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John McCain Says Next President Should Appoint Supreme Court Justice; Twitter Tells Him to Go Read Constitution

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After U.S. Senator John McCain chimed in on whether President Barack Obama should be allowed to appoint a Supreme Court justice in the wake of Justice Antonin Scalia’s death this past weekend, social-media users shot back with vengeance.

“I believe we should wait until after the next election and let the American people pick the next president, and [then the U.S. Congress] should consider who the next president nominates,” McCain told local talk radio host Mike Broomhead.

The people of Twitter and Facebook were not pleased.

“I must have missed that part in Constitution where it states during [his] last year a President shouldn't fulfill his duties,” one tweet stated.

“Since when does the sitting President only serve 3 years and 2 months of [his] term? Should EVERY president from here forward not fulfill their constitutional duty?” another said.

To be fair, McCain wasn’t the first to suggest that Obama should hold off on nominating anyone – that award goes to Senate Majority Leader Mitch McConnell, who declared just hours after the news of Scalia’s death broke that "The American people should have a voice in the selection of their next Supreme Court Justice, [meaning] this vacancy should not be filled until we have a new President.”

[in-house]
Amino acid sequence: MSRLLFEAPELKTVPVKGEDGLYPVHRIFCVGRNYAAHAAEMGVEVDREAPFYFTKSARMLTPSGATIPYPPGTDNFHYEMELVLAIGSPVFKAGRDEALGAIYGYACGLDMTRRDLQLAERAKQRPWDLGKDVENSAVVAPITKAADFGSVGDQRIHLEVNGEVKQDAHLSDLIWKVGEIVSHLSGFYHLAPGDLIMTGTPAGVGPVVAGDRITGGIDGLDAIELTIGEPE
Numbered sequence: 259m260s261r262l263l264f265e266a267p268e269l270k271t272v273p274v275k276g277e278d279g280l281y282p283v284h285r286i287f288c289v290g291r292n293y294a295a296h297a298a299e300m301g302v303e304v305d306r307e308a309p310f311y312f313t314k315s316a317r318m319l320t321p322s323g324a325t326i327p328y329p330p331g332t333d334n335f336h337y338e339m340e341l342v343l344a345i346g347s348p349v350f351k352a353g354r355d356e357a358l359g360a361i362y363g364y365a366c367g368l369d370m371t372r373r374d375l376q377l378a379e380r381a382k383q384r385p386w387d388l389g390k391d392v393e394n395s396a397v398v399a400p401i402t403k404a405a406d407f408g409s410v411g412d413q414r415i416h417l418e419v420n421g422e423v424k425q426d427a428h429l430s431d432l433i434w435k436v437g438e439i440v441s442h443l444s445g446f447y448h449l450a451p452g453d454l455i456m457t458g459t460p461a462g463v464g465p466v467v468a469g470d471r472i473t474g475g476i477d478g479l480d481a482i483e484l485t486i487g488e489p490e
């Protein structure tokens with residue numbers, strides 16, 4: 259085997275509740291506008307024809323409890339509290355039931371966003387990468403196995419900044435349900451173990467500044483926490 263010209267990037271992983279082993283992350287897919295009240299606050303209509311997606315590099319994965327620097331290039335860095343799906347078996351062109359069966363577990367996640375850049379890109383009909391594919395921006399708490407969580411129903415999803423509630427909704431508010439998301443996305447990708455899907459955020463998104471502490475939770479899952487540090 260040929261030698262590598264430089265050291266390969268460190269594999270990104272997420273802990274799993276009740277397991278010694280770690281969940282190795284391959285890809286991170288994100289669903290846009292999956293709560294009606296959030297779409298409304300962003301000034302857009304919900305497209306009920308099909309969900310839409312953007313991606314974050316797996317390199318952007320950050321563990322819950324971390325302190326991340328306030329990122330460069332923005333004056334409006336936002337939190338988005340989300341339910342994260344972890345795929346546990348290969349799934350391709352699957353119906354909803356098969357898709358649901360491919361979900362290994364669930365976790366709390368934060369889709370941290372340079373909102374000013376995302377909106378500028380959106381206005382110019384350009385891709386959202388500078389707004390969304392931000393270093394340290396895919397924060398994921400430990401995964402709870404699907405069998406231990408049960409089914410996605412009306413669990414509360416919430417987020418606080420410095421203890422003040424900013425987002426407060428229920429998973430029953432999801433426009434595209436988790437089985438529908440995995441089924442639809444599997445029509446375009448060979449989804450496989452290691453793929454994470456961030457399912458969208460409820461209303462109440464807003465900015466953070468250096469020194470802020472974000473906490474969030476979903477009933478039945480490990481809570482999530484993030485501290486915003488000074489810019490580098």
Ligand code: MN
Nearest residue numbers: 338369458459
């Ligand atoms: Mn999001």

And if you caught Saturday night’s Republican presidential debate, all six candidates on stage suggested that Obama shouldn’t be allowed to appoint a justice, or that the Congress should go out of its way to block any candidates if he does – “Delay, delay, delay,” GOP frontrunner Donald Trump announced.

Ted Cruz and Marco Rubio followed with a comment that no lame duck president in recent history has appointed a Supreme Court Justice in an election year, which the moderator quickly pointed out was incorrect: Justice Anthony Kennedy was appointed to the court by President Ronald Reagan in February 1988.

But while Cruz and Rubio can argue that had they been in the Senate in 1988, they would have felt the same way about Kennedy’s appointment, McCain can’t quite use the same defense given that he was in the Senate and voted to approve Kennedy.

And perhaps predictably, Twitter and Facebook did not let him off the hook. Here’s a roundup of our favorite reactions to McCain’s declaration:

And last, but certainly not least, our two favorite reactions:

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